Section R324.7.7 provides requirements for smoke ventilation operations. No parts of an array may be located closer than 18 inches to a roof ridge or peak. Exceptions are permitted for detached, non-habitable structures and where the AHJ and fire officials have determined that alternate ventilation methods have been provided, or vertical ventilation will not be employed. This exception may permit, for example, ventilation areas to be moved to the opposing roof slope, access roof or eliminated altogether if the AHJ approves. As always, diagram your intended layout and seek approval from the local AHJ before beginning construction as local requirements and firefighting practices vary.

"If the building I am working on is 158’ x 158’, do I need centerline axis pathways? Per 605. – Exception for 4’ perimeter – my array would be 150’ x 150’.

What I’m trying to figure out, is there’s a point when dividing an array on small commercial projects into 4 quadrants for centerline axis pathways and smoke ventilation that you end up with 4 very small, very heavy arrays…

Is 150’ also the cut-off for centerline axis pathways as it is for smoke ventilation? Can we use only 1, the X or Y pathway? The loss of panels and additional weight of the system is my challenge."

In general the requirements for access and ventilation can be found in a few locations. 2015 The International Building Code, (IBC) for commercial building

If it’s residential you start with the 2015 International Residential Code (IRC), you may also want to look at the 2015 International Fire Code (IFC).

The next step is to look for New York State specific modifications.  These will change or modify sections of the International Series.

If the project is located in New York City, you also have to look at the NYC Fire Code for access requirements.

Finally as New York State is a “home rule” state, the final decision to determine if a project is in compliance rests with the local code official.

The dialog with the local code official cannot start too early in the process. Solar developers should work with their design professionals to prepare a layout that they believe is in compliance, and cite relevant code sections. Then be prepared to answer any of the code official’s questions. As fires can start at any place the interior attic or occupied spaces, and partition walls, along with the direction of the prevailing wind may be factors that the code official will consider.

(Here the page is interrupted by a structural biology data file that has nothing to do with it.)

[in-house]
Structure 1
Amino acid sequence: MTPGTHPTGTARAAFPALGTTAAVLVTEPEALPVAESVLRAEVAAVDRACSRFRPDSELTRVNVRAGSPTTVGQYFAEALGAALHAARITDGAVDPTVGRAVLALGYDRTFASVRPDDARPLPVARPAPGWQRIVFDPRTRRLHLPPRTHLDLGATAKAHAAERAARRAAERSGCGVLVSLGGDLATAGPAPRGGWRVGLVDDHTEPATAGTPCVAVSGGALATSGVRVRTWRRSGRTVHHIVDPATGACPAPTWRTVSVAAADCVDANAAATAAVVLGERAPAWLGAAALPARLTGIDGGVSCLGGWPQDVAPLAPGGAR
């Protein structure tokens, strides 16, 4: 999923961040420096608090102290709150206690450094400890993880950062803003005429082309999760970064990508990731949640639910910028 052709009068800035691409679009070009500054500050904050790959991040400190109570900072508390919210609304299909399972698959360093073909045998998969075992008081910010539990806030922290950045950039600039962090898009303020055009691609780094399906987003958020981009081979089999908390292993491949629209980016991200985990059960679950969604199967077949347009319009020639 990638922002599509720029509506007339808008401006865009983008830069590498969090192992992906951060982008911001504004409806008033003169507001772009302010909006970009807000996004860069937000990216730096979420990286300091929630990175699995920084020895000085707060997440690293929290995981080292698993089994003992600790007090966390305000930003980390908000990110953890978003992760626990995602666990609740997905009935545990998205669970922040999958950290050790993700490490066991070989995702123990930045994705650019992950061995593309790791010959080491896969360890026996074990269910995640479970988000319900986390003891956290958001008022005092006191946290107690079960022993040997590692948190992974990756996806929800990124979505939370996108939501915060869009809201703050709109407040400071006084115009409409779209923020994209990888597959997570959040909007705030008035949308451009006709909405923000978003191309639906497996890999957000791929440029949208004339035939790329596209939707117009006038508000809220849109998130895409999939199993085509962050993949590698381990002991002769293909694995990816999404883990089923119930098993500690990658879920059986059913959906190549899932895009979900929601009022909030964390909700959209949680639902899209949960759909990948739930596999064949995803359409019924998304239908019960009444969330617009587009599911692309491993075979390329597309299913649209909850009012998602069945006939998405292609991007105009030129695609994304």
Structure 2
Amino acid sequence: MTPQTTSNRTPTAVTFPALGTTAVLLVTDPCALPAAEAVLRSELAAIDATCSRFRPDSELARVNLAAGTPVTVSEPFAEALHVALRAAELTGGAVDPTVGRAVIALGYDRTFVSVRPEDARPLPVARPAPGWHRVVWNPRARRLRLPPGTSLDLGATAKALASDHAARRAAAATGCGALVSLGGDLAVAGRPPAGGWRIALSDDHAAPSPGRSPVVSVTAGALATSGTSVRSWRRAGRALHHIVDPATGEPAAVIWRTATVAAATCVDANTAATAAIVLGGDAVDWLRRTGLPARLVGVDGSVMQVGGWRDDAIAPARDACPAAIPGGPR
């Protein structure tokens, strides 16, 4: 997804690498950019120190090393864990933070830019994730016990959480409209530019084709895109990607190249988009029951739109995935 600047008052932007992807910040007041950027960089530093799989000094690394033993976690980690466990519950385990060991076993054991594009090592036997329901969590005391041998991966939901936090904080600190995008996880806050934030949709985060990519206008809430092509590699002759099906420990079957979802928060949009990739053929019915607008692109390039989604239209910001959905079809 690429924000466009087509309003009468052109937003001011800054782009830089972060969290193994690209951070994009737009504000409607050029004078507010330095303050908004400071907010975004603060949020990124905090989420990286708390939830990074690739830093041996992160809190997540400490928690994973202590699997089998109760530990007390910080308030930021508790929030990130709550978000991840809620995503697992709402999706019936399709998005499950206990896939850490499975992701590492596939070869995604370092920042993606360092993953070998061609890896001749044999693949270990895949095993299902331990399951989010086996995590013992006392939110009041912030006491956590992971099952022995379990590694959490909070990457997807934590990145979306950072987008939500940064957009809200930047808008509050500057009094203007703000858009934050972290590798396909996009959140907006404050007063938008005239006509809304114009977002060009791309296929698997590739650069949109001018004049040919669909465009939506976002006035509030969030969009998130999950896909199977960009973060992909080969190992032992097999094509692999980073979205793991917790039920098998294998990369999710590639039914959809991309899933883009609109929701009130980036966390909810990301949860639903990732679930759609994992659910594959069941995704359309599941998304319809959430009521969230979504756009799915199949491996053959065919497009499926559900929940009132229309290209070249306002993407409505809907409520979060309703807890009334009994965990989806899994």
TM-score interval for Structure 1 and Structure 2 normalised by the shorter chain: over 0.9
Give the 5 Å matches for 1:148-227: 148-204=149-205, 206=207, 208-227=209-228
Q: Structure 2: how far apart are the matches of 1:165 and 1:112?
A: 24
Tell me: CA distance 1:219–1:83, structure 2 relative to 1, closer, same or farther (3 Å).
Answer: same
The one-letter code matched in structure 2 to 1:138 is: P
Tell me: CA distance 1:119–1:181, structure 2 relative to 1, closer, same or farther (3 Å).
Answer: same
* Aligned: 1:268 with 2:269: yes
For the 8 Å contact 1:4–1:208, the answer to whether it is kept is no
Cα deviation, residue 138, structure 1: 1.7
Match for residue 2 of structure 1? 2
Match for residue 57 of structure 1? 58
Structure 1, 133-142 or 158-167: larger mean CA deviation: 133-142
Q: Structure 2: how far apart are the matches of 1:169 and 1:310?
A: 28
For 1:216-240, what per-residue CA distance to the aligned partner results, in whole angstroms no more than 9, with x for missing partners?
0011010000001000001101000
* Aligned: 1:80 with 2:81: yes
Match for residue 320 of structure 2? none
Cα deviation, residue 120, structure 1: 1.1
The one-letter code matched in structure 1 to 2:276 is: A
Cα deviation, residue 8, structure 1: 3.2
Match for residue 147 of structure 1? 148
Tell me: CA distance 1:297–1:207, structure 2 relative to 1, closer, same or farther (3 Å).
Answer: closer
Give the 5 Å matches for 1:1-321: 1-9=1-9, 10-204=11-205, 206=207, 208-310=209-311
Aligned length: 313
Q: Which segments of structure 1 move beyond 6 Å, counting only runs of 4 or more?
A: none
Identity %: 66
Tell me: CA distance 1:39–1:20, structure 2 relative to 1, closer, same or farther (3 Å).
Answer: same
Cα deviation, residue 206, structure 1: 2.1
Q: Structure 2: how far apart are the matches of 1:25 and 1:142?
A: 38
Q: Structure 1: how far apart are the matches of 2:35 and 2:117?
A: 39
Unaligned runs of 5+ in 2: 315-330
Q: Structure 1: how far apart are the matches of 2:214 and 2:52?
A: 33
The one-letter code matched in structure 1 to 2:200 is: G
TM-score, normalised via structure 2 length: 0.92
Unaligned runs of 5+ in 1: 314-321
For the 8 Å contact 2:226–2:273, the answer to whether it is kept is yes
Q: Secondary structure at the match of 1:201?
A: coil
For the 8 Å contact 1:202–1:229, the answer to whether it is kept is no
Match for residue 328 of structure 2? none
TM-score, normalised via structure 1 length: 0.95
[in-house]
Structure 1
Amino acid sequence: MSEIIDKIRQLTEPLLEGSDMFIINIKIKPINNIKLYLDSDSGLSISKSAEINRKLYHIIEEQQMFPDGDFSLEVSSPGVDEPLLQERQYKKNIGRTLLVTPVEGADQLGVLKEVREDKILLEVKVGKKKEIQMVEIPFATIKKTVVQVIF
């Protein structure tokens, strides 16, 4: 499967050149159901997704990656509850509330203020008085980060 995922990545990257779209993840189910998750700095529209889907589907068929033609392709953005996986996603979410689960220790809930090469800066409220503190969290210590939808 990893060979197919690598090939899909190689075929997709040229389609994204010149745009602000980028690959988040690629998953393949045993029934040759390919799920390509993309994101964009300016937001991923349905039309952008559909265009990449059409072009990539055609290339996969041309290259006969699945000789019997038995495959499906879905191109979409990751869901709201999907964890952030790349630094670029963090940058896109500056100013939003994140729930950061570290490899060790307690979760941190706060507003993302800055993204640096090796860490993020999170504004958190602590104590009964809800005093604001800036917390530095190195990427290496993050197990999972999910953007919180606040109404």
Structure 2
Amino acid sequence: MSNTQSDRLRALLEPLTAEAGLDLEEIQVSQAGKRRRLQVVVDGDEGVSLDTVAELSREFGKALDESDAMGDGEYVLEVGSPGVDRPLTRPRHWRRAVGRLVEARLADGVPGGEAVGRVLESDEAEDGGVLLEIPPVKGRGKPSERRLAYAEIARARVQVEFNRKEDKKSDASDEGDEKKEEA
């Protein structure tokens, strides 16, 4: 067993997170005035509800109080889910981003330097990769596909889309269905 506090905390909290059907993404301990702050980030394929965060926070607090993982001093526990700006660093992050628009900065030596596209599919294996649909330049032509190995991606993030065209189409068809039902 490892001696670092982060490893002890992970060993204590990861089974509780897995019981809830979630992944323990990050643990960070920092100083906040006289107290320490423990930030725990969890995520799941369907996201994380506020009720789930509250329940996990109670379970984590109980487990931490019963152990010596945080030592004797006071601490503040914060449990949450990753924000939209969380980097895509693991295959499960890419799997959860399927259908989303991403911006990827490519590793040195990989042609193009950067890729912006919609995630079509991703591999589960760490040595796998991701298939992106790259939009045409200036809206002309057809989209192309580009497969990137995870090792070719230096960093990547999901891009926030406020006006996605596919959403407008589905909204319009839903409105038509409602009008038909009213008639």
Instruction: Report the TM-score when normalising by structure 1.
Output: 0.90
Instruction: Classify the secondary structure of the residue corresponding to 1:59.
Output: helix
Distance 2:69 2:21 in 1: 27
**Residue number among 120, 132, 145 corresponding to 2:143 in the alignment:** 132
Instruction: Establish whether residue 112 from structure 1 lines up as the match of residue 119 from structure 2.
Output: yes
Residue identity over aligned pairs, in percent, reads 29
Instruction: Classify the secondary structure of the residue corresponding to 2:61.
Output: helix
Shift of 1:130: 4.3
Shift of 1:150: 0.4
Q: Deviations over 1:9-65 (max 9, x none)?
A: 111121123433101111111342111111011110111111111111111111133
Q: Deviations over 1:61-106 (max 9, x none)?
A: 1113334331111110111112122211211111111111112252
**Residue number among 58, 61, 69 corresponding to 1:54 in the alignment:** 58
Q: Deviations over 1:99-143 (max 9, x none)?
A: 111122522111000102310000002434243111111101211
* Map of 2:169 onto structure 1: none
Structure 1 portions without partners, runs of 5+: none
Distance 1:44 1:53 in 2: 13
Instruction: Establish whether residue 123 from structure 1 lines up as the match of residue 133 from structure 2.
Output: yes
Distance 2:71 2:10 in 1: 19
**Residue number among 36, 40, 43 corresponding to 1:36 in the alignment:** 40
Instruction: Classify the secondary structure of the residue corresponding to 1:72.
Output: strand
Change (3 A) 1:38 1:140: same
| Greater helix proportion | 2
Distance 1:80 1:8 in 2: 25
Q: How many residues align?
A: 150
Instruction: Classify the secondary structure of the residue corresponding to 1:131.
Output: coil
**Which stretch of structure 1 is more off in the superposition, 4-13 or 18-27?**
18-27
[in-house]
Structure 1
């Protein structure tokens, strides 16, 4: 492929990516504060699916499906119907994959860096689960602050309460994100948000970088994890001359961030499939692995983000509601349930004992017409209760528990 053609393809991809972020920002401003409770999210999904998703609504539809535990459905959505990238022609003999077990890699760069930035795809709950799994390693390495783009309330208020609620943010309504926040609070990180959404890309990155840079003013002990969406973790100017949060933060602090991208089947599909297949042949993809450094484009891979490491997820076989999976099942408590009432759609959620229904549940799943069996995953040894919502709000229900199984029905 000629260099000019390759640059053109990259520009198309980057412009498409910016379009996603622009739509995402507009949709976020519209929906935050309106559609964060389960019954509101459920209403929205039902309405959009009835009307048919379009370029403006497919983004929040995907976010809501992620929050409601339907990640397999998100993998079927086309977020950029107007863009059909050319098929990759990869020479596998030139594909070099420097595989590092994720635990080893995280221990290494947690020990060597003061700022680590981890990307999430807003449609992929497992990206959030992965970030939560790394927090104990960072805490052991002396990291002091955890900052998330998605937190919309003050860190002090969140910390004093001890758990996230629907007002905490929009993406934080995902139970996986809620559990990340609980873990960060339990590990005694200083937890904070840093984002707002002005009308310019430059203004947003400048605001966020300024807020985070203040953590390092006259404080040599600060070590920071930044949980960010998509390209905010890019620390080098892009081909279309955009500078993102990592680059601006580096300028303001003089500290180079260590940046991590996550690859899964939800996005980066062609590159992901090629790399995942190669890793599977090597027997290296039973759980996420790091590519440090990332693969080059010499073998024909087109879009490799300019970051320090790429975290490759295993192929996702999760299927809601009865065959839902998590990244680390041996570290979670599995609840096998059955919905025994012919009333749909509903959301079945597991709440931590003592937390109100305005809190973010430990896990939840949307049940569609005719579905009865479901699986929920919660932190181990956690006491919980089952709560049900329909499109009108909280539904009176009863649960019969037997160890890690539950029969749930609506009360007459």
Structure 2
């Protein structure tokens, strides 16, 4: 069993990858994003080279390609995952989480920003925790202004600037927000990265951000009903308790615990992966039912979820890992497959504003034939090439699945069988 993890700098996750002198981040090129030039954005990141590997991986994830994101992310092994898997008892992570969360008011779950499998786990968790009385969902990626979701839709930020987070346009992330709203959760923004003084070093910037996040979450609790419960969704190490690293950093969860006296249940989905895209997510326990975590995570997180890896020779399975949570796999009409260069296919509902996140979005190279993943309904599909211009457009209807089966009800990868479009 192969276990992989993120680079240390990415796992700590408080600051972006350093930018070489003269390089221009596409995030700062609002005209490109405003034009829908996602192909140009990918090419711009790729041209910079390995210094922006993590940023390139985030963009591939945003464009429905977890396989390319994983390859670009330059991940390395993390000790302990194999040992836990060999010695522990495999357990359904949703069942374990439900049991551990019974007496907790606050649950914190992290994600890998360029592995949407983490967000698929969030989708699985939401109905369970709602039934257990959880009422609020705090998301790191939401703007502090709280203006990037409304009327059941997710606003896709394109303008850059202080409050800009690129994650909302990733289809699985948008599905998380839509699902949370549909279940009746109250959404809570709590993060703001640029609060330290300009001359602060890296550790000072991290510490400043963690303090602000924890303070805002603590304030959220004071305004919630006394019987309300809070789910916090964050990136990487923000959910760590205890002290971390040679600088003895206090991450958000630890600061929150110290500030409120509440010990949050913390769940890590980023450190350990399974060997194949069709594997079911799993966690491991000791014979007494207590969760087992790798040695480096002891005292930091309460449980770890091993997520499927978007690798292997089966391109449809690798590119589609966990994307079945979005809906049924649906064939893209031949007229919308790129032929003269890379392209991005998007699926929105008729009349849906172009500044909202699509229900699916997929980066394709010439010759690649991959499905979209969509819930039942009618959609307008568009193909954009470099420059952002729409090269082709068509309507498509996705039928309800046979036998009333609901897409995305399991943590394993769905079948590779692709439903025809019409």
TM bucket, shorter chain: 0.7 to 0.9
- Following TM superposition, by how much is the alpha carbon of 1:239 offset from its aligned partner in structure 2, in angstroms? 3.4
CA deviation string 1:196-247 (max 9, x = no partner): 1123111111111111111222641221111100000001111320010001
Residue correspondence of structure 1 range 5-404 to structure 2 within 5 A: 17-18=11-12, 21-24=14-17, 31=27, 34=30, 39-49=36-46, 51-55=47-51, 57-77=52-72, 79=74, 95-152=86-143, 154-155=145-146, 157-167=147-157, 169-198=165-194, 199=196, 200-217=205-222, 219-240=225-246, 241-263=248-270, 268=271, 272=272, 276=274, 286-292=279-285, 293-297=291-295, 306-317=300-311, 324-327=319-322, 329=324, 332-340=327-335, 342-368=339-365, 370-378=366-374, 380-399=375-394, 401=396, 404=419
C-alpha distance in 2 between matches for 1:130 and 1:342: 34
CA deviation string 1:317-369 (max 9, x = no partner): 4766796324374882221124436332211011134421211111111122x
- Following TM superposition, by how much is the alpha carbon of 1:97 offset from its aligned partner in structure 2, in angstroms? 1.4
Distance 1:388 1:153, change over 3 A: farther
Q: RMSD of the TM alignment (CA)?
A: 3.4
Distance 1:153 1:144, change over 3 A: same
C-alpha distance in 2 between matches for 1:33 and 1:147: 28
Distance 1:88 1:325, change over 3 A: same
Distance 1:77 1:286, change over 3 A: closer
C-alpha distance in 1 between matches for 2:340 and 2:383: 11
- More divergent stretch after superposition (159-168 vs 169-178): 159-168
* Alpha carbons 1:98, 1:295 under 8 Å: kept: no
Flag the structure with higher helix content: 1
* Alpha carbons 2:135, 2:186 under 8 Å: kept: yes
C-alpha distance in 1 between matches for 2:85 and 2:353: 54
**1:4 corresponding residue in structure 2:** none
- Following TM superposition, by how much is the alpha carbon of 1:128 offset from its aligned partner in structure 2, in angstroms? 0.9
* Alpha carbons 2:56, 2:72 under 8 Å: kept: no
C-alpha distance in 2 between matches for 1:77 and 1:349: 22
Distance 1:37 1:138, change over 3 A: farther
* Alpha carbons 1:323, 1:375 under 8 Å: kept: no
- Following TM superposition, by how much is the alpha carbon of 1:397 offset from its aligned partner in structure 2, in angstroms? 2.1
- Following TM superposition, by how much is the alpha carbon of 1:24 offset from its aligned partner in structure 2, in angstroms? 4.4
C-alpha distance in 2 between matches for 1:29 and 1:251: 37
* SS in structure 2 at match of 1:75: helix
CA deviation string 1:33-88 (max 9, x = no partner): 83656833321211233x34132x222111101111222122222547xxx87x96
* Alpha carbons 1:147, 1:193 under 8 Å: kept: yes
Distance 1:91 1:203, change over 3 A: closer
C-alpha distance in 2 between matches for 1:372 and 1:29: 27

At least one directory is required when a building is served by a utility and a photovoltaic source. The location of the directory is recommended to be at the Electrical Service Entrance as the Directory is intended to: 1) Inform that a solar electric system serves the building, 2) the location of the dc Disconnect Switch(es), and 3) the location of the ac Disconnect Switch(es).

In terms of temperature corrections for circuits other than rooftop conductors/cables exposed to direct sunlight, nothing exempts having to apply appropriate temperature corrections for any other circuits in other locations. While you don't have ambient temperature adders to use from 310.15(B)(2)(a), you would still need to estimate the maximum circuit temperatures and apply the appropriate temperature correction factors. If there is no adjustment for more than three conductors and your temperature correction factor is less greater than 0.8, you would use 690.8(B)(1) to determine the minimum conductor ampacity.

Recent versions of the International Building Code (IBC) are adopted by all US states and territories. Chapter 16 of the IBC addresses structural requirements for PV array installations. Structural loads on PV arrays are evaluated by ASCE7-10 Minimum Design Loads for Buildings and Other Structures.

The National Electrical Code (NFPA70, NEC) is referenced by the IBC Chapter 27, and addresses electrical installation requirements for PV systems. Notable changes for PV systems from the 2011 to 2014 editions of the NEC include the addition of rapid shutdown requirements for PV arrays in 690.12, and clarification of interconnection options in 705.12. Grounding requirements in 690 Part V were also clarified.

Requirements for PV array locations on rooftops, including access pathways and ventilation areas are addressed by the International Fire Code, Section 605.11. Further details of the specific code changes and impact on installations and the permitting process can be found in industry publications.